As you may have already read, Urinary Incontinence is a condition when urine leaks out involuntarily and the person will have barely any control over it. This happens because of improper coordination between the muscles surrounding the bladder (that holds the urine) and the muscles surrounding/supporting the urethra (that expels the urine).
When you present to a good gynaecologist with urine leakage problem, he/she may probe you with several questions regarding your food habits, life style, frequency of urination, previous surgeries, medication being taken at that time etc. Depending on his/her diagnosis, one or multiple of the following treatment options may be chosen by the doctor.
Suggesting changes to your lifestyle
Your gynaecologist may advise you to change your diet and the amount of fluids that you may be taking in. You might be asked to reduce your caffeine and alcohol intake. Drinking water (or other liquids) before going to bed may not be a good idea, especially if you are suffering from Incontinence problem. You may have to take a note of what you are eating so that can give a clue if any of your foods is irritating your bladder.
Training the bladder
You may be asked to make a note of your timings when you visit toilet. You will need to make a note of how many times you are emptying your bladder. After few days, you will need to set a time at regular intervals to empty your bladder and then see if that helps reduce the incontinence problem. If there are positive changes with this procedure, you will need to continue the process of scheduled urination to train the bladder only to expel the urine at scheduled times.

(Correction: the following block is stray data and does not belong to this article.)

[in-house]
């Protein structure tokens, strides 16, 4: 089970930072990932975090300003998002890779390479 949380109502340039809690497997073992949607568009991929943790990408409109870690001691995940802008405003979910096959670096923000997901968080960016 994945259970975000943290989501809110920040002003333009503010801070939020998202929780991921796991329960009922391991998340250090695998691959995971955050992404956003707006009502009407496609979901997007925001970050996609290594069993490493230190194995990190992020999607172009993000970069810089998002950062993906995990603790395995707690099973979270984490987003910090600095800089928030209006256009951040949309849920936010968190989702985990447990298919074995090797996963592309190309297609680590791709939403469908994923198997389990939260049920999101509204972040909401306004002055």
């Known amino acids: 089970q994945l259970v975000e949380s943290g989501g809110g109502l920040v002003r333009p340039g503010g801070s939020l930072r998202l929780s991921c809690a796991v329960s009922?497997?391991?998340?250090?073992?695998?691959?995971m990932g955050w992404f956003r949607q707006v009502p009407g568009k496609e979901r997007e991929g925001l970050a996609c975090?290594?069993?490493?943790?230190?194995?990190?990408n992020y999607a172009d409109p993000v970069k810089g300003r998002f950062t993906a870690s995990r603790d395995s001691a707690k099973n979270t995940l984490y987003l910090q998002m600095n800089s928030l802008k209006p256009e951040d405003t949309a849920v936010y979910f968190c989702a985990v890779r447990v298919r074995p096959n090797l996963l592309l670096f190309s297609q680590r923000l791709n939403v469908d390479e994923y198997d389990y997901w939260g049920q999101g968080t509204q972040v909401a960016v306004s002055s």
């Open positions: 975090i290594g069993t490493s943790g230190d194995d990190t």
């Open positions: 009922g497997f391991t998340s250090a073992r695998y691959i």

Pelvic floor exercise
Kegel exercises – a popular and simple workout to train and strengthen your pelvic muscles. This is same for both and men. In this exercise you practice to strengthen and relax your pelvic muscles. As the muscles in the pelvis region gain strength, they will be able to effectively control the bladder and the urethra. Ask your doctor how to exercise properly or you can checkout the video here.
Kegels exercise can help with Stress Urinary Incontinence, OAB (Overactive Bladder) or Urgency Urinary Incontinence)
Along with lifestyle changes, your gynaecologist/urologist may put you on to medication to help you with your incontinence problem. You will need to understand the effects of the medicine along with what the possible side effects are for those medications. A good gynaecologist will explain to you before hand on what you can expect when you start taking those medicines.
Anticholinergic drugs are prescribed to treat OAB/UUI. They help by relaxing the bladder muscles. Some of the antichlonergic medicines include oxybutynin, tolterodine, solifenacin etc. Noted side effects of these medicines are dry mouth, constipation, blurred vision. Long term usage of these medicines is proven to cause confusion and dementia. Another medicine that has come newly into the market is Merbegron. This medicine doesn’t show any of the above listed side effects as it works little differently on relaxing the bladder muscles. Patients with high blood pressure must inform the doctor before hand.
Depending on the problem and your age, hormone therapy may be advised. Estrogen replacement therapy helps in strengthening the walls of the vagina, muscles around the urethra. The muscles in the pelvic region gets loosened with age, especially for women who have given multiple vaginal births when they were young.
Sling for women: